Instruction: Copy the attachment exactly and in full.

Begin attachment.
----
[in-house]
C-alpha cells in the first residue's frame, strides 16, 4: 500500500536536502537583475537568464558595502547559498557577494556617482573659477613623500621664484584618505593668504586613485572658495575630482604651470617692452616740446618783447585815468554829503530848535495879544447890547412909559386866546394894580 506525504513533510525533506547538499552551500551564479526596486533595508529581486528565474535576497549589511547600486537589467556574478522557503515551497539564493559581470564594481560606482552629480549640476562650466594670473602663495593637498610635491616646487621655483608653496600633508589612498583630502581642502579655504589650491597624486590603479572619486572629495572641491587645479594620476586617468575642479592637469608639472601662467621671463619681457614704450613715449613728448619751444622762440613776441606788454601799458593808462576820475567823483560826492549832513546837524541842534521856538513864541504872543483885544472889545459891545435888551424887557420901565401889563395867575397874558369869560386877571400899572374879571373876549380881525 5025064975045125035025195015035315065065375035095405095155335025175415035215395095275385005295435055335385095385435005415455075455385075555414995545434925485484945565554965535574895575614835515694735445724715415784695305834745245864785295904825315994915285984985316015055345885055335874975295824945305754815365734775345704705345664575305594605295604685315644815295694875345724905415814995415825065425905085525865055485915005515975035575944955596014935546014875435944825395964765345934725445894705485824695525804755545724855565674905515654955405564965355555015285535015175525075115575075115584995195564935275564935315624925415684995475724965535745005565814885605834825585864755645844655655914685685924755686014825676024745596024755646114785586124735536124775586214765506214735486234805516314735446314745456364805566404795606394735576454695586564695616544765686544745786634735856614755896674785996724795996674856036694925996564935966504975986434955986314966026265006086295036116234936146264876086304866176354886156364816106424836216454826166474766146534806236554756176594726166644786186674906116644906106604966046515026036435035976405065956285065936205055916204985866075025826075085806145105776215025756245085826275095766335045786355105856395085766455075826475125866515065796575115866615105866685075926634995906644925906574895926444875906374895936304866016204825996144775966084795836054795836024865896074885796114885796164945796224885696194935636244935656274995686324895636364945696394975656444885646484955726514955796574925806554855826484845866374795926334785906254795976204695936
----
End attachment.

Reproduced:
[in-house]
C-alpha cells in the first residue's frame, strides 16, 4: 500500500536536502537583475537568464558595502547559498557577494556617482573659477613623500621664484584618505593668504586613485572658495575630482604651470617692452616740446618783447585815468554829503530848535495879544447890547412909559386866546394894580 506525504513533510525533506547538499552551500551564479526596486533595508529581486528565474535576497549589511547600486537589467556574478522557503515551497539564493559581470564594481560606482552629480549640476562650466594670473602663495593637498610635491616646487621655483608653496600633508589612498583630502581642502579655504589650491597624486590603479572619486572629495572641491587645479594620476586617468575642479592637469608639472601662467621671463619681457614704450613715449613728448619751444622762440613776441606788454601799458593808462576820475567823483560826492549832513546837524541842534521856538513864541504872543483885544472889545459891545435888551424887557420901565401889563395867575397874558369869560386877571400899572374879571373876549380881525 5025064975045125035025195015035315065065375035095405095155335025175415035215395095275385005295435055335385095385435005415455075455385075555414995545434925485484945565554965535574895575614835515694735445724715415784695305834745245864785295904825315994915285984985316015055345885055335874975295824945305754815365734775345704705345664575305594605295604685315644815295694875345724905415814995415825065425905085525865055485915005515975035575944955596014935546014875435944825395964765345934725445894705485824695525804755545724855565674905515654955405564965355555015285535015175525075115575075115584995195564935275564935315624925415684995475724965535745005565814885605834825585864755645844655655914685685924755686014825676024745596024755646114785586124735536124775586214765506214735486234805516314735446314745456364805566404795606394735576454695586564695616544765686544745786634735856614755896674785996724795996674856036694925996564935966504975986434955986314966026265006086295036116234936146264876086304866176354886156364816106424836216454826166474766146534806236554756176594726166644786186674906116644906106604966046515026036435035976405065956285065936205055916204985866075025826075085806145105776215025756245085826275095766335045786355105856395085766455075826475125866515065796575115866615105866685075926634995906644925906574895926444875906374895936304866016204825996144775966084795836054795836024865896074885796114885796164945796224885696194935636244935656274995686324895636364945696394975656444885646484955726514955796574925806554855826484845866374795926334785906254795976204695936